CUES cultivates a greener Suffolk

As progressive urban cities around the world are creating more sustainable environments and increasing green-spaces for citizens, Suffolk University’s Center for Urban Ecology and Sustainability (CUES)  is making the campus more ecologically aware with the inclusion of a new hydroponically powered tower garden.

In September, Professor Patricia Hogan, head of the CUES department, organized the purchase of the tower garden for the department and gave it to Suffolk’s Environmental Club to set up and manage. The club created a sub-committee called the Garden Committee, which will oversee the tower and future garden projects.

Environmental Club President and senior environmental science major Dakota Ennis explained the benefits of having plants and gardens in cities.

“It’s important to have green spaces in urban areas because they are important to reduce depression and anxiety. It preserves the little nature that we have left in the city,” said Ennis in an interview with The Suffolk Journal. “For this little garden we have here in the building it will hopefully be able to do the same thing.”

The tower itself is almost completely self-sustainable. At the bottom of the tower is a large tub filled with nutrient-infused water. The water is tested to ensure that it has the proper pH balance needed for the plants. The water then flows through the top of the tower and waters the plants on a timer.

“We can get students back in touch with nature, and we can show them that even though we are in a city environment, we can still grow plants,” said senior environmental science major and art history minor Teresa Feijoo in an interview with The Journal.

“The tower can help the community learn about ecology and urban sustainability, which I think would be extremely impactful. It could also help people become interested in botany and plants,” said Feijoo.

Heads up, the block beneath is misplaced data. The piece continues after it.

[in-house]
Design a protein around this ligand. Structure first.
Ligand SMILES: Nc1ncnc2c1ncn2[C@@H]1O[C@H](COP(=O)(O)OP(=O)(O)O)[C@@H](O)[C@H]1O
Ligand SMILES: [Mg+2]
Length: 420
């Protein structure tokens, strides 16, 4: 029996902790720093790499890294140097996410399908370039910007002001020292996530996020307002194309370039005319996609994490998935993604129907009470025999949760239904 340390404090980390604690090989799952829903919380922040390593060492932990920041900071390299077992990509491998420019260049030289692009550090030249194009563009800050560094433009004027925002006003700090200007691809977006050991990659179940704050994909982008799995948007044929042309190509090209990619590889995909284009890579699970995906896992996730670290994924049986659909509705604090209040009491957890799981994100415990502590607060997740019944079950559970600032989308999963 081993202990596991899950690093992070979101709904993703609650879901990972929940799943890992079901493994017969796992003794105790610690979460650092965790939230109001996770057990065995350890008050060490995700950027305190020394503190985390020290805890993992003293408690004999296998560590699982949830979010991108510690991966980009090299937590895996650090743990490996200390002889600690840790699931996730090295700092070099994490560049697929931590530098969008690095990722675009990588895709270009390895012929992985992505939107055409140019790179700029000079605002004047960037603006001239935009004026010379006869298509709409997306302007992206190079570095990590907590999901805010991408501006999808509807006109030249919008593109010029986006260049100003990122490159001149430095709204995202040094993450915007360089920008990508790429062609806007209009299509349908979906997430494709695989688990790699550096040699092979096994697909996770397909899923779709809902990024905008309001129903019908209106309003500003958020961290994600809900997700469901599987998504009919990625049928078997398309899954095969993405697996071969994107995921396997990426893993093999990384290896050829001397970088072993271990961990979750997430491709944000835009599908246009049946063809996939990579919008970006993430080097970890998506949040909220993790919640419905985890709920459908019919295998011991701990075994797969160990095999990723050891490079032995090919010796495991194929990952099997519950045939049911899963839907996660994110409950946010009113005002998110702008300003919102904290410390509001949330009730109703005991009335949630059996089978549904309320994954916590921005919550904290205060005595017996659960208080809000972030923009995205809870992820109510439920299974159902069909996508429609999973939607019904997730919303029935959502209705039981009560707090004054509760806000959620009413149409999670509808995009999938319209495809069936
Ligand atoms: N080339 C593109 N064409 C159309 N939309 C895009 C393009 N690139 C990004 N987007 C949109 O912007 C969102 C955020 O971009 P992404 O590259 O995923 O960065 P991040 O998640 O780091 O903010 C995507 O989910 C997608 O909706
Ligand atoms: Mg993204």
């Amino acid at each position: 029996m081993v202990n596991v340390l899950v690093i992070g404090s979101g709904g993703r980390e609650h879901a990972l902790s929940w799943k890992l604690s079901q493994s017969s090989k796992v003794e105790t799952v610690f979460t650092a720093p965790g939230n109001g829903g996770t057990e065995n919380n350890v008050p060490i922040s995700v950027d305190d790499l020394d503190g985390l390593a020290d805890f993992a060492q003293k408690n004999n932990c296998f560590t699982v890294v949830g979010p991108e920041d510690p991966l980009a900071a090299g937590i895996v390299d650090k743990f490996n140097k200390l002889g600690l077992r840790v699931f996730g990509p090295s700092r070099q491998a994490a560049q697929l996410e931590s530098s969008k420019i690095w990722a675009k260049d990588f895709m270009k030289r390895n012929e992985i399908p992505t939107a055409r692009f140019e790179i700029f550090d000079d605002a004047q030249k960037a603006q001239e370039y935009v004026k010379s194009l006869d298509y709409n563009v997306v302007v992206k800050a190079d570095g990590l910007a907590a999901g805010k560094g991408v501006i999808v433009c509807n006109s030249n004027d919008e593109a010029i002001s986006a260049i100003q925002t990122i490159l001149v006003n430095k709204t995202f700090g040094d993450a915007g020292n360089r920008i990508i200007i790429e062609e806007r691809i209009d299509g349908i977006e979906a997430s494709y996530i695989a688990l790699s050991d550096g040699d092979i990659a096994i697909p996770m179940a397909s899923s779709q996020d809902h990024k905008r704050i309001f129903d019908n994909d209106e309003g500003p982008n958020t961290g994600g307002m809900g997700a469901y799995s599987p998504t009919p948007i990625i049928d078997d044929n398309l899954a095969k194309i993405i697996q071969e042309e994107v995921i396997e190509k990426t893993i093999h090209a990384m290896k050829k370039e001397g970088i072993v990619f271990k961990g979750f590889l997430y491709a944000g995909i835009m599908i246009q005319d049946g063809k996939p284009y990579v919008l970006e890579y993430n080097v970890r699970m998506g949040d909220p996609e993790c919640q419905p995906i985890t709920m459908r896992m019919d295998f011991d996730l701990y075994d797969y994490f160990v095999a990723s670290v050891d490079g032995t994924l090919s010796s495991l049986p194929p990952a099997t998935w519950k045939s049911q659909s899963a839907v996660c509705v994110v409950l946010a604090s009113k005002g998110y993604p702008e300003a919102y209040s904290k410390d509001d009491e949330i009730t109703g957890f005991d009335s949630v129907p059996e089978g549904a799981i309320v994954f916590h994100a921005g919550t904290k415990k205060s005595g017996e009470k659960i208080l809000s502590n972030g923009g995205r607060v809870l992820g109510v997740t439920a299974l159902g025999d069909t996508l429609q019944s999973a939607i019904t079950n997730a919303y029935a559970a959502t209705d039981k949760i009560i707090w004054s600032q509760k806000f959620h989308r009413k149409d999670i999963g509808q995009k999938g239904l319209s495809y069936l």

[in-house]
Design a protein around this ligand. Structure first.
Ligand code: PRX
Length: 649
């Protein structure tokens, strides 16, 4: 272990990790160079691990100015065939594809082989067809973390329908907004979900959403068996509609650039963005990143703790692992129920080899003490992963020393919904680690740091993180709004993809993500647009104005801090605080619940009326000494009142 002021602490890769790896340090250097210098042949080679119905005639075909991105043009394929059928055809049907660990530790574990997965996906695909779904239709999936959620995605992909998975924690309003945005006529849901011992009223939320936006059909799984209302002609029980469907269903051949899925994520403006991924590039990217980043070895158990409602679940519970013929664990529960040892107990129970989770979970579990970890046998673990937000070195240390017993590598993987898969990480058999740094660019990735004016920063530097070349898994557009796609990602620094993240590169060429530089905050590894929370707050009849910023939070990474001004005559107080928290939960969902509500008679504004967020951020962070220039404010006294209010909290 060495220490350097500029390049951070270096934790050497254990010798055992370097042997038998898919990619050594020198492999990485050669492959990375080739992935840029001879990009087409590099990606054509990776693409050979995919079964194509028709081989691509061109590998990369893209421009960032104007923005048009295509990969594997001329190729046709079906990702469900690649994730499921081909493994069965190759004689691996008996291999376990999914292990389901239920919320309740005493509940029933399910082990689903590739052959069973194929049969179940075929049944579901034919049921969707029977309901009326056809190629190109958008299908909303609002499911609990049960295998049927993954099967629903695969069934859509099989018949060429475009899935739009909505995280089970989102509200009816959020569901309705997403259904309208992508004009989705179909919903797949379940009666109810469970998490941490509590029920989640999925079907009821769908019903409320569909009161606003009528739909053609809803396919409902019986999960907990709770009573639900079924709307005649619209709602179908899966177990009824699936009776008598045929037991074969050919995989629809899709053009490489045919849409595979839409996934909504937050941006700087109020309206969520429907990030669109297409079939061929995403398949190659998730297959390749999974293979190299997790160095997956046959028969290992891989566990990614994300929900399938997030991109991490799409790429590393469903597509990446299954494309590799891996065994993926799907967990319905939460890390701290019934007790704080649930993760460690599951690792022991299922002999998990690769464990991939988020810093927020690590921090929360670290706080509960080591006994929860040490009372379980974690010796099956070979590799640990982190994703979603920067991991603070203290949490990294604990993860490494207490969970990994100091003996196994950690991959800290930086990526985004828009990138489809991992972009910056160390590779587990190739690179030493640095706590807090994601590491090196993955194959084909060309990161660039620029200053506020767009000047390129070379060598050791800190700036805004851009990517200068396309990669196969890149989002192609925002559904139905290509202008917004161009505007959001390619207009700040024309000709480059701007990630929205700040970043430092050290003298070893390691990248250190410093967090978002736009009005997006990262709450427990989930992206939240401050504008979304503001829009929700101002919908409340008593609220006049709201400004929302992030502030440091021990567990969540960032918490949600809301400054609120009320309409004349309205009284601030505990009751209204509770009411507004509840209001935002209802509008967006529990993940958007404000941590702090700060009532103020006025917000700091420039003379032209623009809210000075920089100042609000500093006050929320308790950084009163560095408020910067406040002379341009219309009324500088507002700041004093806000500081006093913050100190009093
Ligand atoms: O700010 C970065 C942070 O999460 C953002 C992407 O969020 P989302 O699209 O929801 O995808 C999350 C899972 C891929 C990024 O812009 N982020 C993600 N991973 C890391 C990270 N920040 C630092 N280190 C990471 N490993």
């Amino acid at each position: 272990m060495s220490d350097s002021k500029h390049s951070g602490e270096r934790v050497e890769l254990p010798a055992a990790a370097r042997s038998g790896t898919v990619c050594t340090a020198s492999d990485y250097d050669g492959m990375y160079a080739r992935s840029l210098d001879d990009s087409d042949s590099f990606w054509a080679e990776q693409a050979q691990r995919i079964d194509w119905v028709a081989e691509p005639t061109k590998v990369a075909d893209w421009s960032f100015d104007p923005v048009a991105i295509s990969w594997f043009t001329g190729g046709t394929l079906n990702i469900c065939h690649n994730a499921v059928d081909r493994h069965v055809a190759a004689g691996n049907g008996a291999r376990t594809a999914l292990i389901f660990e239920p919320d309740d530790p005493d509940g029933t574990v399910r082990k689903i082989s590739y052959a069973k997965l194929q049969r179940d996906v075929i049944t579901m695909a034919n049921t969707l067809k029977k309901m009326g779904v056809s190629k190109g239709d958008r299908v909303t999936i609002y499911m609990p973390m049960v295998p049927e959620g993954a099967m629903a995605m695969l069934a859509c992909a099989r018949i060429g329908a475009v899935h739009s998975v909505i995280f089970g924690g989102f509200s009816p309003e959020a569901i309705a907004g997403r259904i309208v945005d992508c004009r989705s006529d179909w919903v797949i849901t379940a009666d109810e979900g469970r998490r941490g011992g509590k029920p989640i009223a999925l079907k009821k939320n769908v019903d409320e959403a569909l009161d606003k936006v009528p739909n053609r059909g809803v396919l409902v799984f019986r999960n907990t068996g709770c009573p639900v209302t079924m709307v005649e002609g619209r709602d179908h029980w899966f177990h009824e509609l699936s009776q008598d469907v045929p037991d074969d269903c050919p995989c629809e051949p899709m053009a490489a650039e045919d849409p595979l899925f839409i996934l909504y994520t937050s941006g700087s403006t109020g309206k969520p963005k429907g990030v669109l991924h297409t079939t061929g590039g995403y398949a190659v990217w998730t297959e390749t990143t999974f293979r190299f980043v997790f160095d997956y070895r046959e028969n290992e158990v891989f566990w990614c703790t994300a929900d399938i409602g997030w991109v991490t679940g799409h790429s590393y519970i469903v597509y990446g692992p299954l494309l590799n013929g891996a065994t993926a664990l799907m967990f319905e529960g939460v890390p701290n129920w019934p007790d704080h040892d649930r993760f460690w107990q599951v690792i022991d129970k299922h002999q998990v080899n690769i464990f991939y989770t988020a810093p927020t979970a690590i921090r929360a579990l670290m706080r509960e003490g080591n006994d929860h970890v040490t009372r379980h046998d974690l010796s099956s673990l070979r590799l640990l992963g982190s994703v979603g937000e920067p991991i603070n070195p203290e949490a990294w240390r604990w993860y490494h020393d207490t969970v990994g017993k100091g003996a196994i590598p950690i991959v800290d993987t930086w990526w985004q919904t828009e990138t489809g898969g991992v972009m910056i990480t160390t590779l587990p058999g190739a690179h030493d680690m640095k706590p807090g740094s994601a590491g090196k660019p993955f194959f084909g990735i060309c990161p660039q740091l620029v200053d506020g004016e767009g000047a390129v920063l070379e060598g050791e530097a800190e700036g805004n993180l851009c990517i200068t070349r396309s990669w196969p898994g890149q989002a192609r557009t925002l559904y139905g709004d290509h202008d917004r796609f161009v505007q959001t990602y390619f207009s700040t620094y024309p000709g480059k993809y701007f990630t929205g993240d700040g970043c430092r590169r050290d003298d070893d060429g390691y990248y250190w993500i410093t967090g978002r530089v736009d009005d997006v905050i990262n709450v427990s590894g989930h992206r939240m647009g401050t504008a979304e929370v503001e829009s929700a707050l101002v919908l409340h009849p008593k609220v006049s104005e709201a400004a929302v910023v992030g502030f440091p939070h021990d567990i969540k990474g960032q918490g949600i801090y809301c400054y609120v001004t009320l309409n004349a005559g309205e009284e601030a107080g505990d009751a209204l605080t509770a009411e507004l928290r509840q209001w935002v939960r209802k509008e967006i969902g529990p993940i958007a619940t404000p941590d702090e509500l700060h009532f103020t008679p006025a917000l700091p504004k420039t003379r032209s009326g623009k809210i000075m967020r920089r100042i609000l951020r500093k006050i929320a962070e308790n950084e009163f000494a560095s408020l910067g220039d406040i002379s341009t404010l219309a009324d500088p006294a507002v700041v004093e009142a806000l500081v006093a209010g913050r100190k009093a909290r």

Feijoo has been a part of the Environmental Club since its inception and was chosen to head the Garden Committee by CUES Professor Hayley Schiebel, the club’s advisor.

“The tower gives students in the club a sense of purpose, it is nice for them to not just be going to club meetings,” said Schiebel in an interview with The Journal. “It gives Teresa a chance to have some leadership. It is something she is very passionate about, and when she leaves next year a new student will come up and get to have that leadership role too.”

After spending two months over the summer working in the Vegetation Center at Grand Canyon National Park, Feijoo was uniquely qualified to set-up and manage the Garden Committee.

The hydroponic tower is growing several edible plant species including lettuce, bok choy, rainbow chard and basil. Currently, the plants have finished germinating, and Feijoo has almost completed the process of transplanting the vegetables into the tower.

“Once the germinated plants are installed into the tower, that is pretty much all you can do. But I also do the maintenance on the tower, cleaning, making sure the pH level is balanced and making sure plants are healthy,” Feijoo said.

Looking into the future, Feijoo also discussed the possibility of inviting students to come and eat some of the food produced by the garden.

“It could really help us spread the word about what urban gardens can do,” Feijoo said.

Ennis is hopeful that the project will bring more awareness to the CUES department.

“I don’t think a lot of people know what the CUES department is or what the environmental department does,” Ennis said. “I think it might just be a cool way for people to be a part of what we do as a club and department here on campus.”

Currently, the committee is focused on the existing tower but they are eventually hoping to expand the project by getting more plants and potentially expanding into a rooftop garden, according to Ennis.

“Hopefully we can expand whatever we grow here to on top of the building,” said Ennis.

Feijoo hoped that Suffolk students from any department would visit and spend time with the garden tower, which is tucked away in the CUES department, room 515 in the Somerset building.

“It’s for everyone to see, anyone can come in and check it out. We decided to have it in the office room so people could study in there and be relaxed by it,” said Feijoo.

Ennis agreed with this sentiment, saying that the room could be filled with plants in addition to the tower, and that the small space can be somewhere that people can come and just hang out and enjoy the greenery.

“This project is our baby,” Schiebel said. “It gives [the club] something we can take ownership of and lets us metaphorically plant some seeds for the department’s future.”